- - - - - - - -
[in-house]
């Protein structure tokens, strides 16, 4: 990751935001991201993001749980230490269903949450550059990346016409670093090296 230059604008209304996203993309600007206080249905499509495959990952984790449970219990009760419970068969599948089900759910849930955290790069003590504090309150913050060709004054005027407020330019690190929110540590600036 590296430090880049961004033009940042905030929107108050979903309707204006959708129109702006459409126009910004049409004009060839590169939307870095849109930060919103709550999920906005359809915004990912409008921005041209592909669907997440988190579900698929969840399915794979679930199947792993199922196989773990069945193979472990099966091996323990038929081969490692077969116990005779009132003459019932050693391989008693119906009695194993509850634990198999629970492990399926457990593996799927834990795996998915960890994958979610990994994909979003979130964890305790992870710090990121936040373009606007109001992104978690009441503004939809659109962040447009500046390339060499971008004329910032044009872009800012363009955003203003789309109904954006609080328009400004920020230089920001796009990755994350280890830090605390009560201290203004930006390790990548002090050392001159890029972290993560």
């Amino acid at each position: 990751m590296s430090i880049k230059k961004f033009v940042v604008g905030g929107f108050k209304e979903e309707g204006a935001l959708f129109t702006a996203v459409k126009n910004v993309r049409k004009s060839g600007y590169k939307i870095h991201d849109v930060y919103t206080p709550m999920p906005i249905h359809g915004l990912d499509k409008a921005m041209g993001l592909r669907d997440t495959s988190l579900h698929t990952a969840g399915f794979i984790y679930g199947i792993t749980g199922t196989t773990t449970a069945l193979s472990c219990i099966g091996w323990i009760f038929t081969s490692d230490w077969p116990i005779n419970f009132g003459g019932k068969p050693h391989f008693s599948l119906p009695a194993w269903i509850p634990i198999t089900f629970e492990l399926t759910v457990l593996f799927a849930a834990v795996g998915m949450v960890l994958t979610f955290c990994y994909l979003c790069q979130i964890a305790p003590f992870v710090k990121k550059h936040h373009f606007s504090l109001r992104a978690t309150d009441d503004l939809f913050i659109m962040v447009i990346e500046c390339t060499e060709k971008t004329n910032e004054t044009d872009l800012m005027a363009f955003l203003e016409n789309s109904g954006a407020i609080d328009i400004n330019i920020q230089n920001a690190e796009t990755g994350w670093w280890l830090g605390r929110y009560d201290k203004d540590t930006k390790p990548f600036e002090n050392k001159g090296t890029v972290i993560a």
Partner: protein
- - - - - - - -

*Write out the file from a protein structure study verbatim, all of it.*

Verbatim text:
[in-house]
């Protein structure tokens, strides 16, 4: 990751935001991201993001749980230490269903949450550059990346016409670093090296 230059604008209304996203993309600007206080249905499509495959990952984790449970219990009760419970068969599948089900759910849930955290790069003590504090309150913050060709004054005027407020330019690190929110540590600036 590296430090880049961004033009940042905030929107108050979903309707204006959708129109702006459409126009910004049409004009060839590169939307870095849109930060919103709550999920906005359809915004990912409008921005041209592909669907997440988190579900698929969840399915794979679930199947792993199922196989773990069945193979472990099966091996323990038929081969490692077969116990005779009132003459019932050693391989008693119906009695194993509850634990198999629970492990399926457990593996799927834990795996998915960890994958979610990994994909979003979130964890305790992870710090990121936040373009606007109001992104978690009441503004939809659109962040447009500046390339060499971008004329910032044009872009800012363009955003203003789309109904954006609080328009400004920020230089920001796009990755994350280890830090605390009560201290203004930006390790990548002090050392001159890029972290993560």
């Amino acid at each position: 990751m590296s430090i880049k230059k961004f033009v940042v604008g905030g929107f108050k209304e979903e309707g204006a935001l959708f129109t702006a996203v459409k126009n910004v993309r049409k004009s060839g600007y590169k939307i870095h991201d849109v930060y919103t206080p709550m999920p906005i249905h359809g915004l990912d499509k409008a921005m041209g993001l592909r669907d997440t495959s988190l579900h698929t990952a969840g399915f794979i984790y679930g199947i792993t749980g199922t196989t773990t449970a069945l193979s472990c219990i099966g091996w323990i009760f038929t081969s490692d230490w077969p116990i005779n419970f009132g003459g019932k068969p050693h391989f008693s599948l119906p009695a194993w269903i509850p634990i198999t089900f629970e492990l399926t759910v457990l593996f799927a849930a834990v795996g998915m949450v960890l994958t979610f955290c990994y994909l979003c790069q979130i964890a305790p003590f992870v710090k990121k550059h936040h373009f606007s504090l109001r992104a978690t309150d009441d503004l939809f913050i659109m962040v447009i990346e500046c390339t060499e060709k971008t004329n910032e004054t044009d872009l800012m005027a363009f955003l203003e016409n789309s109904g954006a407020i609080d328009i400004n330019i920020q230089n920001a690190e796009t990755g994350w670093w280890l830090g605390r929110y009560d201290k203004d540590t930006k390790p990548f600036e002090n050392k001159g090296t890029v972290i993560a």
Partner: protein